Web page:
It’s Christmas Day and Angela, 74, is sipping a cup of coffee in her son’s living room. A beautiful Christmas tree stands in the corner covered with ornaments and bright colorful lights. The room is filled with the warm and delicious smells of a turkey baking in the oven.
Angela’s favorite people in the world, her children and grandchildren, are sitting around the room talking, laughing, and enjoying each other’s company.
Angela stares at the beautifully wrapped gifts from her family stacked in a pile at her feet. She knows she should feel happy and blessed, but she doesn’t. In fact, she’s been dreading Christmas for months – just like she has for each of the last few years.
Angela glances around the room at her loving family, hoping that nobody has noticed the unhappiness she feels inside. They all have piles of gifts too, but not one is from Angela. All she brought was two platters of cookies sitting on a nearby table.
The cookies are always a hit, but Angela wishes she had the money to give more. Her finances loomed like a dark cloud over her heart on what should have been a fun and joyful day.
Angela began crying as she described her financial situation to me. She was brokenhearted that she couldn’t afford to buy Christmas gifts for her beloved grandchildren.
When Angela retired several years ago, she was reasonably comfortable. But unfortunately, inflation, medical bills, and unexpected home repairs resulted in drained savings and maxed-out credit cards. Her once comfortable retirement income now barely covered her living expenses.
Her adult children helped where they could, but they had limited resources, too.
This was not the retirement Angela envisioned. She wanted to change her financial situation badly, so she decided to look into a reverse mortgage.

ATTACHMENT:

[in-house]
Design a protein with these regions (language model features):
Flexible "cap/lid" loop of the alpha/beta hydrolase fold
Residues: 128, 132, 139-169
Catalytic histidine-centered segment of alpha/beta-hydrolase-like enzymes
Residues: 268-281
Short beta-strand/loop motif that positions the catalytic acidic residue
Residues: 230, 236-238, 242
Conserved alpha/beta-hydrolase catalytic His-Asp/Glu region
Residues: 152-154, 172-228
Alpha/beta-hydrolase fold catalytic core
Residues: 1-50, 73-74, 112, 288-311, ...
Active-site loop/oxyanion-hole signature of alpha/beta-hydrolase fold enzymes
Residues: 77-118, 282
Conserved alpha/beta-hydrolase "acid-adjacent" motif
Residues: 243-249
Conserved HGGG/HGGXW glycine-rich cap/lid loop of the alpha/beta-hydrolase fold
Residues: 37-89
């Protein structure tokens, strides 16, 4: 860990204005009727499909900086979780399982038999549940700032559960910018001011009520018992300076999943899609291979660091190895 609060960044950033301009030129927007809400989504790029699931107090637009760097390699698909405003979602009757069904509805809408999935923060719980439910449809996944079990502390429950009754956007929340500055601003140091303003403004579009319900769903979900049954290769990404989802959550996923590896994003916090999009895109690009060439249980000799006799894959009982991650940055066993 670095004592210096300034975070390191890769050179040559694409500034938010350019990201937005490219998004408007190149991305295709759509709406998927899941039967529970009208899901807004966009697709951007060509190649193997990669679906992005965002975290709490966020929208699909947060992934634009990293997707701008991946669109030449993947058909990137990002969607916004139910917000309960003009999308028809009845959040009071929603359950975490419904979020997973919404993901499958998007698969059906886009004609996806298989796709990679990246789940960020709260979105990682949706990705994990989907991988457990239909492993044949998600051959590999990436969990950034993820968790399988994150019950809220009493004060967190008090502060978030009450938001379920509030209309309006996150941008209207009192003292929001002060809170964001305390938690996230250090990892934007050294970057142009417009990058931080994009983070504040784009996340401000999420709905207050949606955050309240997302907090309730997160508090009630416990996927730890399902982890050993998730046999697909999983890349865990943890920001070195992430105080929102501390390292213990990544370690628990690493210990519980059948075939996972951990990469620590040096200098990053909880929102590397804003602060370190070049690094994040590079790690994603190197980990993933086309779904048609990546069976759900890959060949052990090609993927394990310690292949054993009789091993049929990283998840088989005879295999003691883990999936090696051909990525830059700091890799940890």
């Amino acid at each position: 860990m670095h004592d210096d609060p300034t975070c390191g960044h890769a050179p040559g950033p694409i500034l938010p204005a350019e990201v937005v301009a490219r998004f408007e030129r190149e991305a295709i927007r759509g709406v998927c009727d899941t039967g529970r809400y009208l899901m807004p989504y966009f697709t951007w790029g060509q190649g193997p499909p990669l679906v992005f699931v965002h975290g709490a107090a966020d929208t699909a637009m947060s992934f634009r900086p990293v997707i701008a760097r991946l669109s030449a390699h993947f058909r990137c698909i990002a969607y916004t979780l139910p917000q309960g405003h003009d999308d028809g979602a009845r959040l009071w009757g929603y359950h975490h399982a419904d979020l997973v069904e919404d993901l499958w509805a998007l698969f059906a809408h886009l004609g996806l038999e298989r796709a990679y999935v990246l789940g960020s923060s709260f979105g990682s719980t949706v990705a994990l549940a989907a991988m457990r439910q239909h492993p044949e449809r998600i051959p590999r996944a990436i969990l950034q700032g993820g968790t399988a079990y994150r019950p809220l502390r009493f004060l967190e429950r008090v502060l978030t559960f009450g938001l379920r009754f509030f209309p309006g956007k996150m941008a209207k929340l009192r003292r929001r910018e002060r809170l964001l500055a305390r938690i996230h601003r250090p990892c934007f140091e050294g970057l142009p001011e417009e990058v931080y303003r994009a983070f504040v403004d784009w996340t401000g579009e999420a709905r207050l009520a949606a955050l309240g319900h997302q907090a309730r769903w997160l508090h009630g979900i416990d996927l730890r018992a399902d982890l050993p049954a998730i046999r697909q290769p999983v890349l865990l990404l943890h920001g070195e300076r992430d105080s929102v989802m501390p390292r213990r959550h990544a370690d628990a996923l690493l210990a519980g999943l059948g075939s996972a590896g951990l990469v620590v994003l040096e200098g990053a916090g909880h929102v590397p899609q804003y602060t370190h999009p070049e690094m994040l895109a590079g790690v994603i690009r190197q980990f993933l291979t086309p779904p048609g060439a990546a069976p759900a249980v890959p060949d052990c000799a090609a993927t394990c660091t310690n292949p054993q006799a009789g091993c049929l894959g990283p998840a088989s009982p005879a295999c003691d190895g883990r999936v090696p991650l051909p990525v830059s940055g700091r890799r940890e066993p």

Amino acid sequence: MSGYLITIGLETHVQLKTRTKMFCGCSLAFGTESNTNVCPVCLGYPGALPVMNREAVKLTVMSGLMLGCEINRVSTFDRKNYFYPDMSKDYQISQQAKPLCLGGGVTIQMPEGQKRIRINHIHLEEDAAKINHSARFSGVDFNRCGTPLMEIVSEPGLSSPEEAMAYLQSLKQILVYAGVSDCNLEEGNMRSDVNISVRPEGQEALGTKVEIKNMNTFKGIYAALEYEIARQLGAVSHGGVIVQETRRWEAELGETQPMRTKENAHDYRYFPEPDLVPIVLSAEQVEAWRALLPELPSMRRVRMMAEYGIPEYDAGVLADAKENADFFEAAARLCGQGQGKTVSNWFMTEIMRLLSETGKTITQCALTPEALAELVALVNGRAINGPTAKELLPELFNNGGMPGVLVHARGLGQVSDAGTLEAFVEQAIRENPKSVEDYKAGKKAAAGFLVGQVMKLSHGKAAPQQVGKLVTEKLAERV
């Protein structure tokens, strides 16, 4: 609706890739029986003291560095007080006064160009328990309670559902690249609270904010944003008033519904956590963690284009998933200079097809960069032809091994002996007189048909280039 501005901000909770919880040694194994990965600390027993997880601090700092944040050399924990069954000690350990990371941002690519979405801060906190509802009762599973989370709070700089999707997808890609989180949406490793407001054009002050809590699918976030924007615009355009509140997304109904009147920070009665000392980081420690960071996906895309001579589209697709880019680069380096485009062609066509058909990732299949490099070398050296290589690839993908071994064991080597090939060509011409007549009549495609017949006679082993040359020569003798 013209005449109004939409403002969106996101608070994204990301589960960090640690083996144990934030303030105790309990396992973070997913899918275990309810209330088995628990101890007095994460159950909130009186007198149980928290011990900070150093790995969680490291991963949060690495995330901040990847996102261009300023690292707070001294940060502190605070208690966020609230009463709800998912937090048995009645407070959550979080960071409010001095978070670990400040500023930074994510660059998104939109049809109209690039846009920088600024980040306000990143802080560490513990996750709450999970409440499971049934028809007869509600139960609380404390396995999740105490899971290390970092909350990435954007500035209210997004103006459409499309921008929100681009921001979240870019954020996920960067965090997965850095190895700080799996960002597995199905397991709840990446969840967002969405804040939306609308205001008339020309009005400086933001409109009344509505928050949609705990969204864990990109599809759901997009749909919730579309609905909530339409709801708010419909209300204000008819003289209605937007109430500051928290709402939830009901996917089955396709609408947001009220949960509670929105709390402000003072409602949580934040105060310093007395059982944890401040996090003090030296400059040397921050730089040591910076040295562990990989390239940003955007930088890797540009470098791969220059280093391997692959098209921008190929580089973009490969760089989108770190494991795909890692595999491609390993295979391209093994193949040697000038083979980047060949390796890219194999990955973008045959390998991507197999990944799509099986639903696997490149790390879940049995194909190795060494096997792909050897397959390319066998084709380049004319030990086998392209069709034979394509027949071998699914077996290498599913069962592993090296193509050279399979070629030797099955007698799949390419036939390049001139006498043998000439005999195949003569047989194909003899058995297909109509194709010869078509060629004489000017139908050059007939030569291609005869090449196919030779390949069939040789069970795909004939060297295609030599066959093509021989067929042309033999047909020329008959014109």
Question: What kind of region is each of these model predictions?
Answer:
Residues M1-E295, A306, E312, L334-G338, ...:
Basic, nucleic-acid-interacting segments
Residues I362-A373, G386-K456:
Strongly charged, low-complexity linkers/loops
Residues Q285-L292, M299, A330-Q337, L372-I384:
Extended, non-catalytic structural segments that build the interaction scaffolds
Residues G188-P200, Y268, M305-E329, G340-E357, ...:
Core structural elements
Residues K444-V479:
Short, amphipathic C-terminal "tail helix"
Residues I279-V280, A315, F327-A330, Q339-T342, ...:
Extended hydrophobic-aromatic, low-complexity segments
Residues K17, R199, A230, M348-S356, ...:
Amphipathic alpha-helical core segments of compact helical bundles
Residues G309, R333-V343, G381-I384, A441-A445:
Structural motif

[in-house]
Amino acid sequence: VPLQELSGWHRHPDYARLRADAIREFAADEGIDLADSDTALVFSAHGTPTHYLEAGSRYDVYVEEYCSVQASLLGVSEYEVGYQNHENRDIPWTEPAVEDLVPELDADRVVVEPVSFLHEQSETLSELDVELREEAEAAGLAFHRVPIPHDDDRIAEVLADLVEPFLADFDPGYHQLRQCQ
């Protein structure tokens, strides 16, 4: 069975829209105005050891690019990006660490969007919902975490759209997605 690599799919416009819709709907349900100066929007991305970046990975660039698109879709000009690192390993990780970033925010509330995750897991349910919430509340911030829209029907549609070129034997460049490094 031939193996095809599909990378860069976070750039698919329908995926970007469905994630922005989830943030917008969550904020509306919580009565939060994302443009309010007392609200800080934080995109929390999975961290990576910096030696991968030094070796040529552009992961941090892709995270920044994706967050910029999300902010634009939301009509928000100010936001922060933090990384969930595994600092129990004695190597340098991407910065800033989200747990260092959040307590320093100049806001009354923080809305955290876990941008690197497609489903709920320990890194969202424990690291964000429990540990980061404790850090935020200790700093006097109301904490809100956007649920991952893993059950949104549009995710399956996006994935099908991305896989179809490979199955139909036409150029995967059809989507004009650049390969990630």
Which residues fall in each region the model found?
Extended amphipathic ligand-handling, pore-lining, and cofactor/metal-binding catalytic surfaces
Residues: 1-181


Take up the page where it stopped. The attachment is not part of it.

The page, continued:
Angela and her husband Jack, who passed away a few years prior, never made a lot of money in their working years. Nevertheless, they were disciplined with their income and managed to pay off the house before retirement.
With an estimated home value of $225,000, Angela was sitting on a nice chunk of home equity. She just needed a way to utilize it to improve her financial situation.
Angela had two main goals for the reverse mortgage:
The total credit card balances were about $25,000. Thanks to the crushing interest rates, Angela could only afford the minimum payments. She was making no headway on getting them paid off. In fact, she had even canceled her cable and cut back on groceries and eating out to make sure the credit card payments were in on time.
Angela’s cash reserves were depleted thanks to the medical bills and home repairs. It was very important to restore her cash reserves so she didn’t have to resort to credit cards again.
If a reverse mortgage could accomplish these two goals, Angela was confident she could live comfortably for many years to come.
The most popular reverse mortgage in America is the FHA-insured home equity conversion mortgage, or HECM. If you’re at least 62, a HECM enables you to convert a portion of your home’s value into cash.
No mortgage payments are required as long as at least one borrower (or non-borrowing spouse) lives in the home and pays the property taxes and homeowner’s insurance.
You remain the owner of your home, which means you can leave it to your heirs. Your heirs will inherit any equity remaining in the home.
The HECM is a non-recourse loan, which means the most that will have to be repaid is the value of the home. FHA covers the shortage if your home isn’t worth enough to pay off the entire balance.
A reverse mortgage offers multiple payout options, which means it can be tailored to your individual financial goals and needs. The specifics are beyond the scope of this article, but you can find more in-depth reverse mortgage information on our site, including payout options, basic qualifications, and calculators.
Based on her age, estimated home value, and current interest rates, Angela qualified for a net amount (after paying closing costs) of $105,000. She paid off the $25,000 credit card debt first, which saved her $700 to $800 per month.
That alone restored stability to her monthly finances. The icing on the cake was the remaining $80,000, which she left in a growing line of credit to cover future unexpected expenses.
Angela was excited and relieved by how the reverse mortgage turned out. She actually could conquer the mountain of credit card debt that had been such a burden for so long.
The best part was that she no longer had to dread the holidays. This year, she would have plenty of money to buy gifts for her beloved family. It might sound like hyperbole, but for Angela, a reverse mortgage really was life-changing.
How are you managing financially? What solutions have worked for you? Have you looked into a reverse mortgage? What do you know about this financial option?